5. Pamela

    Exhausting indeed (and at times more than a bit boring). How many times have I wanted to say, “can we please change the subject — movies, books, world events …”

  6. Inconceivable

    ^5 to all of the above plus, imho, the ubiquitous ” babies are blessings from God ” is like being stabbed with an icepick for the infertile/barren. (I was born with severely defective reproductive parts…so what does that make *me* according to that…cursed ?)

    1. Tammy

      Thank you for saying what I was thinking!

  7. Re: finding other topics of conversation as we age — personally, when I’m not hearing about their kids, I’m now beginning to hear about the GRANDKIDS of my peers. :p Although I do have a ways to go before my 70s. ; )

    But of course, your parents (& mine) were from a different generation than today’s “helicopter” variety… in my memory, my parents always had (& still have) other things to do or to talk about than us. We were central in their lives, of course, but we were not put on a pedestal — and the mothers of our generation were not, generally, put on pedestals for the simple fact that they were mothers. That’s the big difference today, I think.

    I am sometimes glad that I didn’t get to be a mother, because quite frankly, I don’t think I could live up to the impossible standards that moms today set for themselves (or have thrust upon them). I get exhausted just thinking about it sometimes. My mother worked very hard (both inside & outside the home), but she was not constantly hovering over every detail of my day to day life the way parents today seem to be. She knew the value of babysitters. ; ) (I am also very glad that I grew up in the time & places that I did, because I had a heck of a lot more freedom than kids today do.)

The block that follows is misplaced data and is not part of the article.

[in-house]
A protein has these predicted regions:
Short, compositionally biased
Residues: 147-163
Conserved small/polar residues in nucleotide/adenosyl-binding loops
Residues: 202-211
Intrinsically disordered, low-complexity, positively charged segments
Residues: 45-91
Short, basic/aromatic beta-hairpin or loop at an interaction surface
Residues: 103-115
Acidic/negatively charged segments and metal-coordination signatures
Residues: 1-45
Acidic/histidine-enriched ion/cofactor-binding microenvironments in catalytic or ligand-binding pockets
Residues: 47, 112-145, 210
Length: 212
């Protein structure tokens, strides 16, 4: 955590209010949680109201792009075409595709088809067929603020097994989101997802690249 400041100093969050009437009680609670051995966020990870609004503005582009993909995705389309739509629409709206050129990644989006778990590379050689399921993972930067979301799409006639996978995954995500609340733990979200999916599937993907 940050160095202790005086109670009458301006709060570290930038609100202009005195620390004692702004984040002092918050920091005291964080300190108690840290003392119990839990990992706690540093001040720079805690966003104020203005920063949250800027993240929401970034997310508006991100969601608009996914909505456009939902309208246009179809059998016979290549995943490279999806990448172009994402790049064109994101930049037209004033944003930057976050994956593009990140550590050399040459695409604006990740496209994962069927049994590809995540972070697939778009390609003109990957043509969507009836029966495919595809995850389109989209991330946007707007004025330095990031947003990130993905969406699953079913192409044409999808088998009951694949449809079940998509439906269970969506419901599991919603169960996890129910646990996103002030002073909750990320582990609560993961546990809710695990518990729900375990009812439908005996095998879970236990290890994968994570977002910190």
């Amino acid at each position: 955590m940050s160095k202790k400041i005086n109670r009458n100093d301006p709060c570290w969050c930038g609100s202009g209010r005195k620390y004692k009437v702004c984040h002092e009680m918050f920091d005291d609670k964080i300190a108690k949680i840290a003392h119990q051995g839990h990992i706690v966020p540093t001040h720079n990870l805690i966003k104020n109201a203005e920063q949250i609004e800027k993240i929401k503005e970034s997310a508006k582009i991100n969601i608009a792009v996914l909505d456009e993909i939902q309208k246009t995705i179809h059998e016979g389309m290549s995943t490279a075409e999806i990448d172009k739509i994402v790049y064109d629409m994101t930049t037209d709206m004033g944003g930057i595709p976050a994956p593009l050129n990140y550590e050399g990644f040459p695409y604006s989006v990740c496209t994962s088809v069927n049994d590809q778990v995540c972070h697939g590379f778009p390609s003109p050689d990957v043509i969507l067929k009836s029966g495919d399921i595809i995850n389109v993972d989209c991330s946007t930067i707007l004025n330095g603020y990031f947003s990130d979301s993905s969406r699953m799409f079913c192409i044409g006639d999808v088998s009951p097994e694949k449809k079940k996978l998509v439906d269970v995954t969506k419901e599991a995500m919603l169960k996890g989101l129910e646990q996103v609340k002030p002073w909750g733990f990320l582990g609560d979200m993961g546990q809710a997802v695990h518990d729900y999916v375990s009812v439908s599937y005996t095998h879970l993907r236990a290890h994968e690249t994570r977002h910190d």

And yes, when you & I grew up in the 1970s, we had role models like MTM and Marlo Thomas and Gloria Steinem telling us we could do or be anything we wanted to be. Today, powerful businesswomen like Marissa Meyers and Sheryl Sandberg get more press about their kids and their work-life balance strategies than what they actually do for their companies.

    But I do think there will eventually be a pendulum swing back towards a more reasonable approach to motherhood. Eventually. (I hope.)

  8. Thank you for this. I too, cannot stand the whole “blessings from G-d” business or worse yet, telling infertile people that “children just weren’t in G-d’s plan for you.” Infuriates me. It’s so demeaning of one’s own faith and belief systems AND a way to pass judgment on a person’s situation but couch it in the context of religion.

  9. “What message are we sending to girls?”

    I’ve been thinking about this all afternoon. I’ve been trying to remember my own childhood and the messages I was aware of (I’m sure there were also many I was not aware of).

    My parents told my sisters and me we could do anything. I never felt limited by the mere fact I was female, as generations before me may have. I do remember MTM and her depiction of a woman who was strong and interesting even though she wasn’t a mom. Or even a wife! I remember thinking I would probably follow in my own mother’s footsteps mom-wise, but in MTM’s footsteps career-wise.